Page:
Homemade Cadence Cards

The design of my homemade panel my requires homemade cards to “code” the panel to the selected cadences. I have (so far) made 4 Marchtime cards at rates of 20, 60, 90, and 120 BPM, as well as Temporal 3 and Temporal 4 cards. The rates are definitely not perfect, but for hand-soldered circuits on small pieces of perf board, I would say that these cards get the job done right.

All the Marchtime cards are the same with the exception of some resistor values, the circuit is just a 555 timer in astable mode with some LEDs and a transistor thrown in. The Temporal were a tad more complicated, they needed two 74HC165 PISO shift registers and two 555s in astable mode as well as a bunch of other components. The timers are for the clock and parallel load pins. I based the Temporal card design off of the Temporal 3 card for the 2001 (2001-3053), but I am using a different timing method.

Watch this video here to see my Temporal 3 and 4 cards in action with a not so detailed explanation as seen here. I was tired at the time of recording, so I apologize in advance.


How will all this work with the panel? Well, I will be using banks of SIPO shift registers to route the selected card’s output to the appropriate NAC/s. This will be controlled by the microcontroller and each NAC can be separately programmed for a different cadence. This means a lot of shift registers (good thing I bought them in bulk).

Link to schematic diagrams will be posted in video description when available.

Wow! That’s amazing! I’ve wanted to DIY a panel for a while but didn’t because of the cost and complexity vs. buying an old MS-9200UD.

I am trying to make a more complex panel while keeping the cost down. I wanted to do this to give me all the fucntionality in the panel that I want. This includes, but is not limited to, more than enough cadences and sync protocols, several zones with 2 wire detector compatibility, supervised AC NACs with adjustable voltage along with the traditional 24VDC NACs (of course), and voice evacuation with a plethora of tone generators for any situation that may arise. This is though only going to be a hobby panel and will not in any way replace my household fire detection system.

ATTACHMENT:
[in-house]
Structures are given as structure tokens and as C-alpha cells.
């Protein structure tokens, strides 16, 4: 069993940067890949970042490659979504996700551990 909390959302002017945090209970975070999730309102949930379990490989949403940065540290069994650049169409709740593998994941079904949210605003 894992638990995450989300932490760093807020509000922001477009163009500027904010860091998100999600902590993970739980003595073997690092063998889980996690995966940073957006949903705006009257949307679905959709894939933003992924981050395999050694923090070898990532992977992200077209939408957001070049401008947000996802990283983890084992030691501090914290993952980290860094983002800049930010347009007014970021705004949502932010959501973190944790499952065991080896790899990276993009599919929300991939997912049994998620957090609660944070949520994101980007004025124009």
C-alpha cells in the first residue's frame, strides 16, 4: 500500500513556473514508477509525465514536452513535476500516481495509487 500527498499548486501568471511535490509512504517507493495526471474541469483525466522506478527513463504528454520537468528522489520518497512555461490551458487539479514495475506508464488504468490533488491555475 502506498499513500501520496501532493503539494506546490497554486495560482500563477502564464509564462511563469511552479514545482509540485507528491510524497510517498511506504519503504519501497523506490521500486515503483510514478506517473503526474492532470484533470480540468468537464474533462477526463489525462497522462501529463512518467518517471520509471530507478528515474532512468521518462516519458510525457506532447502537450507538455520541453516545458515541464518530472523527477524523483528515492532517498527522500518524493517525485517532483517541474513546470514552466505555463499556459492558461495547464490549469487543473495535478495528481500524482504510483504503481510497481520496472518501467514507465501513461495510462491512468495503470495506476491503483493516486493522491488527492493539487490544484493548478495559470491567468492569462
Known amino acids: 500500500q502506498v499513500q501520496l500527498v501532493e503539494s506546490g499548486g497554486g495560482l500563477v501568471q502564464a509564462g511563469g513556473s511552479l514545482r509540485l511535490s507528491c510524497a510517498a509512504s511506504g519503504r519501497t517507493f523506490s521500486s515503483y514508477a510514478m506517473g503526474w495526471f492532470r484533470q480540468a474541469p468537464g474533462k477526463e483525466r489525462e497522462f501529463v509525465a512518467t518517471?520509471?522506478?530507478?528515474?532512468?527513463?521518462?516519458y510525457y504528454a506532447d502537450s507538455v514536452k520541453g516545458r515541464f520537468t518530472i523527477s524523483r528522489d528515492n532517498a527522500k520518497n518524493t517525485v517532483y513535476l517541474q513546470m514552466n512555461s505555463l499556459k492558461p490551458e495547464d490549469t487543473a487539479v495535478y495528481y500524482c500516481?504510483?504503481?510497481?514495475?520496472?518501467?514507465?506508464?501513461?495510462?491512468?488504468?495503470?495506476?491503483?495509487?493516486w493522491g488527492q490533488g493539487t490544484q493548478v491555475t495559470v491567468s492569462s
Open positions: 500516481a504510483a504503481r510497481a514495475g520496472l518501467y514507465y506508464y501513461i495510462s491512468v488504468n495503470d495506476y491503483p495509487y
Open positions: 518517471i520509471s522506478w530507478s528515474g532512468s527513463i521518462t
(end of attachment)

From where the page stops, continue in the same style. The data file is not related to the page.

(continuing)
This is a really neat project. I can’t wait to see the finished product!

What platform are you building this on? ATMEL, ARM, etc.?

I will be using an Arduino Mega 2560 with an SD card shield and a YUN shield. This will be in charge of everything except for the voice evacuation and the coder module, which will each have their own Arduino NANOs connected to the main board via serial. Anything that doesn’t need or use a microcontroller will be taken care of by one of my homemade cards.

I have more two videos in my “Homemade Panel” series, you can view those for more details.

Ah. I’m doing a custom voice evac system which reads serial data from my panel. Uses a raspberry pi and python.

I have an Pi as well. I went with the Arduino due to the amount of GPIOs on the Pi compared to the 54 digital and 16 analog pins I get on my 2560, which also has 4 hardware serial ports for communication with other devices. I also chose it for the voltage compatibility (3.3v/5v) for other components I am going to use (the LCDs for example).

The Yun shield I am using will not only allow me to upload programs without a USB cable, it will also allow me to remotely program and control the panel from a computer or related device from a near or distant location. The SD card allows me to keep all my settings when the panel resets or powers down.

That’s pretty smart. Do you mind sharing the code you have so far? Here’s mine: https://gitlab.jelimoore.xyz/jelimoore/smart-voice-evac. I’m about to commit the code I have right now after I post it since i haven’t committed in a while.

I need to rewrite the whole thing after a few hardware changes I made. The addition of the Yun shield is one of the main changes. I will try to get schematics and code available around the same time. Don’t worry, I didn’t have much written anyway.